Tourist officials are quietly optimistic that this winter Switzerland's ski resorts can ride out the bumpy economic crisis.
Many resorts report bookings for the Christmas, New Year and February school holidays at similar levels to last winter.
"All the signs are positive," Urs Zenhäusern, media director at Valais Tourism, told swissinfo.ch. "I think we'll have a stable year, or maybe better, but not necessarily a drop."
Swiss ski resorts felt the pinch last winter with overnight stays down by 6.4 per cent from January to August 2009, compared with the same period in 2008.
This follows a steady increase since 2003 and the "best winter ever" in 2007-2008, with 16 million overnight stays, according to Switzerland Tourism.
Cornelia Lindner, head of public relations at Davos-Klosters tourism, was also hopeful about the forthcoming season. Confirmed reservations in the region are up on last year.
"For Christmas and New Year there are only a few apartments still free. The same goes for February," she said.
A similar message can reportedly be heard at other resorts like Arosa, Grindelwald, Gstaad, Adelboden, Engelberg, Laax, Blatten-Belalp, Reideralp and Bettmeralp.
"Afterwards it's hard to get a precise overview as people are making more and more last-minute bookings," explained Switzerland Tourism spokesperson Veronique Kanel.
"The winter season heavily depends on snow conditions."
Resorts are hoping for a repeat of last season when snow started falling across most of the country in early October and continued well into April.
Brits drop off
At Saas Fee rooms are still available at many four- and five-star hotels, which have fewer bookings than in previous years. But 90 per cent of apartments and other less expensive accommodation, like youth hostels and bed and breakfast lodgings, are almost full.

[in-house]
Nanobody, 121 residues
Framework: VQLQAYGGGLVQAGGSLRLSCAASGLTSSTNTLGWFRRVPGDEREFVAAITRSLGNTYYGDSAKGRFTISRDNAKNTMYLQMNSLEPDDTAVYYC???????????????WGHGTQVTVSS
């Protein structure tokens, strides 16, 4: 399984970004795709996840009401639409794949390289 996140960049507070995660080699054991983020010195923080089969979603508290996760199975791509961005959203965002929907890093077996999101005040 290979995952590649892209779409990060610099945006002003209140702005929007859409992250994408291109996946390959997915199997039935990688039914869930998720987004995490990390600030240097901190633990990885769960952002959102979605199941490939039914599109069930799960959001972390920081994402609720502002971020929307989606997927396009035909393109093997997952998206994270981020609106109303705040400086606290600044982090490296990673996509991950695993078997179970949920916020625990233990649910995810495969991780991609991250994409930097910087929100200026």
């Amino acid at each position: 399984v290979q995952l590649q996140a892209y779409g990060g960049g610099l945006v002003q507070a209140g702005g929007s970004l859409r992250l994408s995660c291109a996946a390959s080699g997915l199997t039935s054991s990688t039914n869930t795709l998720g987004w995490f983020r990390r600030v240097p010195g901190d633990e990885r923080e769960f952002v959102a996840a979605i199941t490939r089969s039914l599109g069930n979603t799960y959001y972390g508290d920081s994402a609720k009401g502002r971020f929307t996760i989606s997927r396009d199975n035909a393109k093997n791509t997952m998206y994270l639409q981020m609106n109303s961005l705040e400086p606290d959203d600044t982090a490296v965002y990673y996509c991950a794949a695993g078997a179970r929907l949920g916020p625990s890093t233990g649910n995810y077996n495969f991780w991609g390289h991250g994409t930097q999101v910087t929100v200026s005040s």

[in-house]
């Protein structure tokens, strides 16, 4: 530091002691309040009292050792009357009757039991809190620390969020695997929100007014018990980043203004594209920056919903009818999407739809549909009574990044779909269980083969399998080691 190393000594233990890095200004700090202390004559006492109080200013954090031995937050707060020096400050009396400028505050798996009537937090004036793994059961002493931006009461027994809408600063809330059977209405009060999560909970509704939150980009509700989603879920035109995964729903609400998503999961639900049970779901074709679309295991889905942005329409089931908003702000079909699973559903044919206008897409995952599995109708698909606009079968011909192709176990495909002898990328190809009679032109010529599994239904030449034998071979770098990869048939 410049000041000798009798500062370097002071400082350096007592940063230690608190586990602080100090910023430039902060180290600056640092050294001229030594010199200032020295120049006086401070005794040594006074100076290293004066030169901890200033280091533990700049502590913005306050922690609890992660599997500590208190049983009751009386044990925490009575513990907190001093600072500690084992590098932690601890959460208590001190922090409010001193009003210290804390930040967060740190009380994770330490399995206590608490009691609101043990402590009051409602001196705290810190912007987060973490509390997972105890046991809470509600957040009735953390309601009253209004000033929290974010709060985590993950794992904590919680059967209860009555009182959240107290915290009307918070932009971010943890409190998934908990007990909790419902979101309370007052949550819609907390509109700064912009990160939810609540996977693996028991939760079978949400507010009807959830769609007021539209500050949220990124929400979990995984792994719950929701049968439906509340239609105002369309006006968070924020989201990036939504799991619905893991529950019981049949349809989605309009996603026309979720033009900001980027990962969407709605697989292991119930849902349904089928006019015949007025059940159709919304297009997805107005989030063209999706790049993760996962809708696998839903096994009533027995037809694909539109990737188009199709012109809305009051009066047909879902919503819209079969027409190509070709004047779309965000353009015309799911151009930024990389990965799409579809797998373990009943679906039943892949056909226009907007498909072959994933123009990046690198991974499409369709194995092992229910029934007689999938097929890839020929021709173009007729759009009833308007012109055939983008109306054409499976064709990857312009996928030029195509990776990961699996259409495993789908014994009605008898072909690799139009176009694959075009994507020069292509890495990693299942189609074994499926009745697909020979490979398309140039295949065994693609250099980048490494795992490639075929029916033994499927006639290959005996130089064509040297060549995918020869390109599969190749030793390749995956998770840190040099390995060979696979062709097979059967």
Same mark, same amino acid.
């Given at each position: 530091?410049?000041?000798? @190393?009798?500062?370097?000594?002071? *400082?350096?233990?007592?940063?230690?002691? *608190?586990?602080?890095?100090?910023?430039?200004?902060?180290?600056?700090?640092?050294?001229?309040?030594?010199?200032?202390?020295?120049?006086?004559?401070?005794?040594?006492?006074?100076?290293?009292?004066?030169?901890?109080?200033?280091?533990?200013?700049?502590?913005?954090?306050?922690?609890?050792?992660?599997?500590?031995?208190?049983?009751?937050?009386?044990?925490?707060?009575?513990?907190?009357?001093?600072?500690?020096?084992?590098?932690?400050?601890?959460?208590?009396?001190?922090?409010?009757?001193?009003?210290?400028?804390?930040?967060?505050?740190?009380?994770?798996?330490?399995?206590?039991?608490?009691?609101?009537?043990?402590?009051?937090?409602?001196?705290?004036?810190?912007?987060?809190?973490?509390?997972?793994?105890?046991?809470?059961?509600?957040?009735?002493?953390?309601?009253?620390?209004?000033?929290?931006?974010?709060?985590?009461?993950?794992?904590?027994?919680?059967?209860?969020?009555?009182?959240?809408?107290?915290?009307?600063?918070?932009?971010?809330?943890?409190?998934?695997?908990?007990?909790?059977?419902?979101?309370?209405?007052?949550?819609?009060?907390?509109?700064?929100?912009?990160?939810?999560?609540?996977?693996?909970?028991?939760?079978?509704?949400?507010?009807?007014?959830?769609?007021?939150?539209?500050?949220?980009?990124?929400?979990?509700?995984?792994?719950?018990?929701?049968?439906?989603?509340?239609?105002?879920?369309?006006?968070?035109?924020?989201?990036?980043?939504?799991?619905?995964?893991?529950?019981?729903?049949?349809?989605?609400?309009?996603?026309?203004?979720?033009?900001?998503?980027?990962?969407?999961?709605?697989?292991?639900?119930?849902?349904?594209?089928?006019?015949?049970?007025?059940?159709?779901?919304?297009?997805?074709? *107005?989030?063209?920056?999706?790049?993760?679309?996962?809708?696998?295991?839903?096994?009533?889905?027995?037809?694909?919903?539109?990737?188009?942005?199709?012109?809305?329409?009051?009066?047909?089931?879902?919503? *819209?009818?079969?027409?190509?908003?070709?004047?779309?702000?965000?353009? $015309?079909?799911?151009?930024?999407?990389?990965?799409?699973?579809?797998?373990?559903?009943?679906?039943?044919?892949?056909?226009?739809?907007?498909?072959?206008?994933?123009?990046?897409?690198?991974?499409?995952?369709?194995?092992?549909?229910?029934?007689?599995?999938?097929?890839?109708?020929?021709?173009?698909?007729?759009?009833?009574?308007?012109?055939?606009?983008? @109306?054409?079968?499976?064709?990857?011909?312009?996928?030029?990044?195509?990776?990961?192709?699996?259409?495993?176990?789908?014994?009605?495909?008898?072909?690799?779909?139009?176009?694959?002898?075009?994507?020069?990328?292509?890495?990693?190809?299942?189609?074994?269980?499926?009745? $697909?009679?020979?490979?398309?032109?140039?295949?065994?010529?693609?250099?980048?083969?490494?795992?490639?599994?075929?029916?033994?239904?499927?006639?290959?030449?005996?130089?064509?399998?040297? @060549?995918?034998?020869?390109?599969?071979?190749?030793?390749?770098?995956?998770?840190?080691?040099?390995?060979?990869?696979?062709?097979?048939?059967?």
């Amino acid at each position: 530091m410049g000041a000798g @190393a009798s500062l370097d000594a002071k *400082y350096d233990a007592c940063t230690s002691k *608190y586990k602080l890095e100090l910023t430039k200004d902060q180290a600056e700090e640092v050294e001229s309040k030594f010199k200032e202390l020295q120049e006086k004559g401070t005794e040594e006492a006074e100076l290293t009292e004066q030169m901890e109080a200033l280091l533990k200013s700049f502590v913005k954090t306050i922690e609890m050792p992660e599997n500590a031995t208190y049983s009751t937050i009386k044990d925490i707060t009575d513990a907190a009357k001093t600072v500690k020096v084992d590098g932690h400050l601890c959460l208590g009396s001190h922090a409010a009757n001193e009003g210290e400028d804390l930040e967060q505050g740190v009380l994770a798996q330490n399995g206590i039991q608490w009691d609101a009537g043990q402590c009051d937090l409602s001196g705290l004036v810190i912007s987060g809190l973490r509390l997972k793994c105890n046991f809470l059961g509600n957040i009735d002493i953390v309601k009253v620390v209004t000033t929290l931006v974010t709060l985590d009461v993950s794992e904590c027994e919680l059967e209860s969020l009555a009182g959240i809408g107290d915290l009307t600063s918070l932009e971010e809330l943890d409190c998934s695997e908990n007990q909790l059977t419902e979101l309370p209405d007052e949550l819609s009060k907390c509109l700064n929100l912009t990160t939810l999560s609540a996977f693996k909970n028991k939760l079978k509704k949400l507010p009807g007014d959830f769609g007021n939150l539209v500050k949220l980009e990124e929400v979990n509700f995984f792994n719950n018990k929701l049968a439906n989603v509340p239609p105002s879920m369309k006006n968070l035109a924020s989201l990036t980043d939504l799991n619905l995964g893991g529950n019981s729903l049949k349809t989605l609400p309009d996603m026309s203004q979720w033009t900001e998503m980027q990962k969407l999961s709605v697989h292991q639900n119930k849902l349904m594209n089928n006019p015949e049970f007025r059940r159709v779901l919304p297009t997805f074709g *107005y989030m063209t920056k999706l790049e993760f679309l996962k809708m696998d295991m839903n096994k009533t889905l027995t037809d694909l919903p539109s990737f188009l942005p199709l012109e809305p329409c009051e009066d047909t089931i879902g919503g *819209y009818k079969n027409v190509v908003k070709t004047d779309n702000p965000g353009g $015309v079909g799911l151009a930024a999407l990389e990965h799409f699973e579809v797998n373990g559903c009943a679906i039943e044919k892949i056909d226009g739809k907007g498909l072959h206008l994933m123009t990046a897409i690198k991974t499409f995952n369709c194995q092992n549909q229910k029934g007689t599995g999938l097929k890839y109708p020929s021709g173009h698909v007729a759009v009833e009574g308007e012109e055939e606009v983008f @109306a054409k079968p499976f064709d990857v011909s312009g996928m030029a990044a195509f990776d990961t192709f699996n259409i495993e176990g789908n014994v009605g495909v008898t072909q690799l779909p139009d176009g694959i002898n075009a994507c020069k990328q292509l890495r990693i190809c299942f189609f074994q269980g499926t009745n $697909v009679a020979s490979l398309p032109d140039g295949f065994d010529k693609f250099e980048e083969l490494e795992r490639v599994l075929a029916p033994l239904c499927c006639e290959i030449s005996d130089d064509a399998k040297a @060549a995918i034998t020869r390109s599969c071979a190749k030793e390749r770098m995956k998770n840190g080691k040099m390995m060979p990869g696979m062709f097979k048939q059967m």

Kanel confirmed this new trend: "Swiss tourists, who represent the majority of our clients, are shifting from hotels to other accommodation."
This can also be explained by a greater selection of mountain apartments and holiday homes.
"Since the beginning of the year we've had a record number of contracts signed with individuals wishing to rent their apartment or holiday home – up by 20-30 per cent," Marco Amos, director of Interhome agency for Switzerland, told the French-speaking Le Temps newspaper.
At nearby Verbier, where one in five skiers and boarders is traditionally British, the outlook is rather hazy, however.
"We've had lots of requests but few confirmed bookings. As the holiday dates are not ideal this year, tourists tend to reserve for one week rather than two," explained Pierre-Yves Délèze, deputy director of Verbier Tourist Office.
The combination of a credit crunch with an unfavourable exchange rate meant 20 per cent fewer British skiers and boarders hit Swiss slopes last winter.
"And we don't see the British market recovering in the near future," said Kanel.
Since October 2007 British tourists coming to Switzerland have effectively lost one-third of their purchasing power.
"The economic crisis has hit other markets, but not as bad as the British," she added.
This winter Switzerland Tourism will invest SFr20 million ($19.49 million) in promotional campaigns – up SFr500,000.
It will also be dipping into the SFr12 million pot it received this April from the Swiss government to help it face up to the financial crisis.
The money is being spent on marketing activities to attract visitors from Germany, France and Italy – and within Switzerland itself - which are all seen as "growth markets". A new campaign is being launched in November.
Simon Bradley, swissinfo.ch
Marked ski pistes: 7,400km
Marked cross-country ski trails: 5,500km
Marked winter walking trails: 2,900km (largest network of winter walking trails in the Alps)
Marked snowshoe trails: 2,100km
European altitude record: 29 winter sports areas are located above 2,800m (average altitude)
Marked and prepared slope with the greatest vertical drop:
Klein Matterhorn-Zermatt: 2,300m (most in Europe)
There are 650 mountain transport and ski lift companies operating in Switzerland's ski resorts.
With 11,000 employees, they are a key economic factor in mountain regions.
The companies have a combined annual turnover of approximately SFr840 million ($687 million), of which around 25% is reinvested in maintaining or purchasing new infrastructure.
Tourism is the third biggest export industry, employing about 10% of the Swiss workforce.
Around 40% of hotel overnight stays in Switzerland are made by Swiss citizens.
According to the May forecast of the BAK Basel Economy Institute, hotel overnights in Switzerland should decline by 6.7% in 2009 compared to 2008.
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